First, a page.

Wednesday, April 21, 2010

Blog Post #10

The term “free labor” given by Tiziana Terranova could be a little horrifying. It sheds a very different light on the open source movement. Words like participation and collaboration are of course still relevant, but it seems they do not necessarily guarantee the creation of a utopia which the Internet had been entrusted with the potential to be from its emergence, free from controls of the real world, state or corporate. As ‘Netscape went 'open source' and invited the computer tinkers and hobbyists to look at the code of its new browser, fix the bugs, improve the package and redistribute it, specialized mailing lists exchanged opinions about its implications,” enabling maybe the better and faster upgrading of its browser for free, than could be done by hiring a group of engineers to work on it. Because the Internet is a site of limitlessness. They could hire the best people they can find, but somewhere on the Internet there must be someone better. And of course however many people they hire it will not be as many as those that are active on the internet. What is more, the Internet offers an “open communications environment” that is hardly conceivable in any one company. It is the most wonderful space for generating new ideas and knowledge that is crucial to today’s digital economy. What capitalism needs to do is to find ways to capture these ideas and knowledge and turn them into profit. Terranova’s essay tells us that it has found ways to do it, for free. It really bothers me to think that the many activities that we enjoy as leisure activities that better our lives, such as uploading YouTube videos, and for some people, fixing the bug of an open source browser, can be conceptualized as tasks that generate profits for some corporation that I have nothing to do with, and that we are not paid for it too. I need to think more about what to make of it that the line between work and leisure is blurred to such an extent that it’s actually possible for people to generate profits while genuinely believing that they are having fun. But then, it’s not their own profits that they are generating, so this is a kind of exploitation for sure.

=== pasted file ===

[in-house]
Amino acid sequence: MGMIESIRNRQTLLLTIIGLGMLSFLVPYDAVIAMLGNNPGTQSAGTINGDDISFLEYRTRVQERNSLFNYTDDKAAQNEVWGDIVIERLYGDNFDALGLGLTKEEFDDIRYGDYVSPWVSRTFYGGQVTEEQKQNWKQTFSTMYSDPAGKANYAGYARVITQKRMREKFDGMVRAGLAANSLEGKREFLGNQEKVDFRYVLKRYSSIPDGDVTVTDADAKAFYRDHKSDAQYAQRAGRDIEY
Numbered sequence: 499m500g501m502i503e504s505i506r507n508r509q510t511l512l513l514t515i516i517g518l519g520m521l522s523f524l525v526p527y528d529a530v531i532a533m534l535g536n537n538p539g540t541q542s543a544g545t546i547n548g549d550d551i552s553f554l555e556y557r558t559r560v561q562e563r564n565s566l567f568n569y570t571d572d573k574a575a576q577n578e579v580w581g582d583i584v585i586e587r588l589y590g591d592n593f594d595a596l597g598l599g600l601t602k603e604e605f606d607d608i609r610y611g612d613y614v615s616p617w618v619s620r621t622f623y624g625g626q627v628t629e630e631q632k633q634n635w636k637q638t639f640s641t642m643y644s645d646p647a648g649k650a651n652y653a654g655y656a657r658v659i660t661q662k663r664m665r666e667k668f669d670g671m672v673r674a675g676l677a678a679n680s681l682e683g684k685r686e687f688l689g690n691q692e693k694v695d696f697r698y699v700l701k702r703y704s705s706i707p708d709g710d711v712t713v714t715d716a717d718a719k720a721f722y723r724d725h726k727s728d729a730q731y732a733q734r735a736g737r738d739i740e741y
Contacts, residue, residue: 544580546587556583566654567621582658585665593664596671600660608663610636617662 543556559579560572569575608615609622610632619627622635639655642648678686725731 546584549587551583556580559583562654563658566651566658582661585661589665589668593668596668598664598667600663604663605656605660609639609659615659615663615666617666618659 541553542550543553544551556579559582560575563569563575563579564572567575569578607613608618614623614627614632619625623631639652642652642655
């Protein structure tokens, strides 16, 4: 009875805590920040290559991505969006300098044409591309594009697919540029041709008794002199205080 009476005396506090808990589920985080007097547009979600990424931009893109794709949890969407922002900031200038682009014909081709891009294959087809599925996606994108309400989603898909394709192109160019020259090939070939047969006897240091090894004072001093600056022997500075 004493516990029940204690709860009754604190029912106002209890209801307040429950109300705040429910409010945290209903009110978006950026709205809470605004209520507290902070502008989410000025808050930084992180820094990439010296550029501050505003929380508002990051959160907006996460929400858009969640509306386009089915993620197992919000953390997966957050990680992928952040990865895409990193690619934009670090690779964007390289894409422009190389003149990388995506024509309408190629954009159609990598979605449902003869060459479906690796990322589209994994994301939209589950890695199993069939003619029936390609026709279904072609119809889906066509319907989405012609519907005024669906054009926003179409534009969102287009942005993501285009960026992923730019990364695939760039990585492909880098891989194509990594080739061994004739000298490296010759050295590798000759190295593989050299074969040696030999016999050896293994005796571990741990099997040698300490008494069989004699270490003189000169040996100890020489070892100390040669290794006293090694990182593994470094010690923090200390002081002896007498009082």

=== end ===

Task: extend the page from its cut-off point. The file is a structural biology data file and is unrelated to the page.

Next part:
Anna's section

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